The Temple of Al-Lat (Arabic: معبد اللات), was an ancient temple located in Palmyra, Syria dedicated to the goddess Al-Lat.
|Coordinates||34°33′12″N 38°16′12″E / 34.553401°N 38.269941°E|
|Criteria||i, ii, iv|
|Designated||1980 (4th session)|
|Part of||Site of Palmyra|
The temple was dedicated by the citizen Taimarsu of Palmyra in c. 123–164 A.D. The cult statue was made with an appearance similar to statues of the Greek goddess Athena in Athens.  This would be in line with the fact that the Arabian goddess Al-Lat, in the interpretatio graeca customary at the time, was identified with the Hellenistic goddess Athena.
The temple was closed during the persecution of pagans in the late Roman Empire in a campaign made by Maternus Cynegius, Praetorian prefect of the East, between 25 May 385 to 19 March 388, when the altar of the temple was destroyed and the cult statue of Allat-Athena was decapitated and had the center of its face crushed. Votive gifts of Roman Bronze coins from c. 364–375 and 376–386 illustrate that the sanctuary was still in use at the time of its destruction.  In contrast to other temples in Palmyra, the temple of Al-Lat was not converted to a church, but left to decay.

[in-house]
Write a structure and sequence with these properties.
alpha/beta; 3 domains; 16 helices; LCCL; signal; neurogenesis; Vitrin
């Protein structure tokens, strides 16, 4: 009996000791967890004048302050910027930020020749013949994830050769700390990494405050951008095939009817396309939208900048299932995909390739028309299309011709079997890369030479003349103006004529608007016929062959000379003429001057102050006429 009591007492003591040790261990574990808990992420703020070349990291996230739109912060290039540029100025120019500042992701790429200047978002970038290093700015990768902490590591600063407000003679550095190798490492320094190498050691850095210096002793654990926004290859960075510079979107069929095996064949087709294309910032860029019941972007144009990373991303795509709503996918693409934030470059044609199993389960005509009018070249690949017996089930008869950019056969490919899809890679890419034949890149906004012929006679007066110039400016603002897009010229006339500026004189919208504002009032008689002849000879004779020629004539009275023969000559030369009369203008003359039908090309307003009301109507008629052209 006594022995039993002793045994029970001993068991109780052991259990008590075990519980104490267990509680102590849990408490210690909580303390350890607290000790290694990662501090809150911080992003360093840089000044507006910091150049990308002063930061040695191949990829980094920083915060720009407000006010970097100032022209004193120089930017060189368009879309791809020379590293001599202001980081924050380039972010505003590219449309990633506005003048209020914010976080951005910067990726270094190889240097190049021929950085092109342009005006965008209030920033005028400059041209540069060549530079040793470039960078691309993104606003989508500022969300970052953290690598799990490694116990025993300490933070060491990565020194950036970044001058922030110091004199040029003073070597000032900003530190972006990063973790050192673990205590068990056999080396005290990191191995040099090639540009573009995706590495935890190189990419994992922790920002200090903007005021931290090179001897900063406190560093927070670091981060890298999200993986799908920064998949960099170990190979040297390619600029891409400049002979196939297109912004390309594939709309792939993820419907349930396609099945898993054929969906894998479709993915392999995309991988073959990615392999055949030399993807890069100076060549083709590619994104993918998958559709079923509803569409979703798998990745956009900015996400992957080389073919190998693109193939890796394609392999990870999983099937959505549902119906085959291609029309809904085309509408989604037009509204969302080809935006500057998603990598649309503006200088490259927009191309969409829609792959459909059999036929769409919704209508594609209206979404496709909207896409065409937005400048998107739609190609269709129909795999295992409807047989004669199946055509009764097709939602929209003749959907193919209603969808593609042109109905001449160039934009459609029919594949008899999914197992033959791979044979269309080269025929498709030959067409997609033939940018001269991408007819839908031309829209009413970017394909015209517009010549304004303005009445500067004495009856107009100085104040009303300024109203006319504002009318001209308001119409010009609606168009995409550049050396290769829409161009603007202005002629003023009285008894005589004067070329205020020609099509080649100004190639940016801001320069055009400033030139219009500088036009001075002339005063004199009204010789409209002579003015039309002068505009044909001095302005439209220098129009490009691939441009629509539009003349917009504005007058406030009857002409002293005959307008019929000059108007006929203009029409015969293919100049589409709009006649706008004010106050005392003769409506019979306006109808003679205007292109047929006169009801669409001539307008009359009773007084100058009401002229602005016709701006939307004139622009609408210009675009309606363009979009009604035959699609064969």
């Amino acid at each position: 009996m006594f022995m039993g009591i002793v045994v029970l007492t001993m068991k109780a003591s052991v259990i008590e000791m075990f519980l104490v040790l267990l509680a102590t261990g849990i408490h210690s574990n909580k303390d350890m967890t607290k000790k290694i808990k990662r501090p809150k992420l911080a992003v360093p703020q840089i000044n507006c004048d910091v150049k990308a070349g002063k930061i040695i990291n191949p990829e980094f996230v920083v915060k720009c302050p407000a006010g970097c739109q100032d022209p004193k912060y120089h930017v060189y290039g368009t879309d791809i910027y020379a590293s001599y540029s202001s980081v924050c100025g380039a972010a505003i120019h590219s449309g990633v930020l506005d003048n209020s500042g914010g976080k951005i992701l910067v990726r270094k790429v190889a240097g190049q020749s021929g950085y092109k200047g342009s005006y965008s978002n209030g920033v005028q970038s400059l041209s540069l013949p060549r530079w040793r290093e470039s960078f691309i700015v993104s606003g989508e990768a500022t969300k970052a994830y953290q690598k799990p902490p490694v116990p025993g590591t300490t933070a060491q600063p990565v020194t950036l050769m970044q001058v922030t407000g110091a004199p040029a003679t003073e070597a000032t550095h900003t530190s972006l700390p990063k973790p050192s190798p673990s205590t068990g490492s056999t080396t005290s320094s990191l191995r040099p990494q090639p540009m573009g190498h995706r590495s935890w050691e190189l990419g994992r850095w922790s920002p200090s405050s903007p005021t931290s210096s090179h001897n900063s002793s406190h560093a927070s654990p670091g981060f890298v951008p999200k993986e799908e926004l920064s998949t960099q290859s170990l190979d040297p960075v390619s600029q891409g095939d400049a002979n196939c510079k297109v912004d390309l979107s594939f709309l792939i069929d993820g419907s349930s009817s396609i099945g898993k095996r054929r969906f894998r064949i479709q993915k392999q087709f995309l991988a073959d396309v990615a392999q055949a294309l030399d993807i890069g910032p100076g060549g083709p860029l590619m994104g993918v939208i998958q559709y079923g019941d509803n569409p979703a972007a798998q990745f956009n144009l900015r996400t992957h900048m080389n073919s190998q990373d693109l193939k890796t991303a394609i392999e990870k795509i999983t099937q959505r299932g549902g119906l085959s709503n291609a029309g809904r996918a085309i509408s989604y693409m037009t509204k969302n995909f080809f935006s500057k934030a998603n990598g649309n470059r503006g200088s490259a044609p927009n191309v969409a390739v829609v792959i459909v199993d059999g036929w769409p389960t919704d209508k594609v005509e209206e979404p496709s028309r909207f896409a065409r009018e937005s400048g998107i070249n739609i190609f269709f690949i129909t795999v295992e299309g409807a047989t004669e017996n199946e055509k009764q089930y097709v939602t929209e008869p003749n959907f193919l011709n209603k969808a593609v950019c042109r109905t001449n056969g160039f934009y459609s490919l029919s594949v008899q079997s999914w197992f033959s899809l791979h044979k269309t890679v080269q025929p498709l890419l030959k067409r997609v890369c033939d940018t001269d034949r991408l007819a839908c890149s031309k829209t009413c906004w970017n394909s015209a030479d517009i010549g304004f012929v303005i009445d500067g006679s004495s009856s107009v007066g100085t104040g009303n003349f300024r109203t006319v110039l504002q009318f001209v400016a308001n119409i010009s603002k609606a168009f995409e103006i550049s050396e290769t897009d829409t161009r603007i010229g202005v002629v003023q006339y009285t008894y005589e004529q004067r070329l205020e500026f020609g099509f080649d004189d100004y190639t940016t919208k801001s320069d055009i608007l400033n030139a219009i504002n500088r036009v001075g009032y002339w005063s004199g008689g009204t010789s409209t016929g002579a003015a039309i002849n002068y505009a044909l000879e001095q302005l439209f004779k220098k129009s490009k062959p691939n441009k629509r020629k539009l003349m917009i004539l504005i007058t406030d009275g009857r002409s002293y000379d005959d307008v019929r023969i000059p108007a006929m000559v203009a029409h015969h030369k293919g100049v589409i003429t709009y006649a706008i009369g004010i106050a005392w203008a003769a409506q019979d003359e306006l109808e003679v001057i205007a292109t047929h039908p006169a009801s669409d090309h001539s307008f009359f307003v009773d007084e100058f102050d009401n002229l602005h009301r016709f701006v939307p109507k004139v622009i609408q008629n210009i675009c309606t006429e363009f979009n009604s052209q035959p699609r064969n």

Only a podium, a few columns, and the door frame remain. Inside the compound, a giant lion relief –(Lion of Al-lāt) was excavated and, in its original form, was a relief protruding from the temple compound's wall.
- Markowski, Bartosz (2005). Gawlikowski, Michał; Daszewski, Wiktor A. (eds.). "The Lion of Allat in Palmyra New Museum Display Project" (PDF). Polish Archaeology in the Mediterranean. Warsaw University Press. 16. ISSN 1234-5415.
- Burns, Ross (2009) . Monuments of Syria: A Guide (revised ed.). I.B.Tauris. ISBN 978-0-85771-489-3.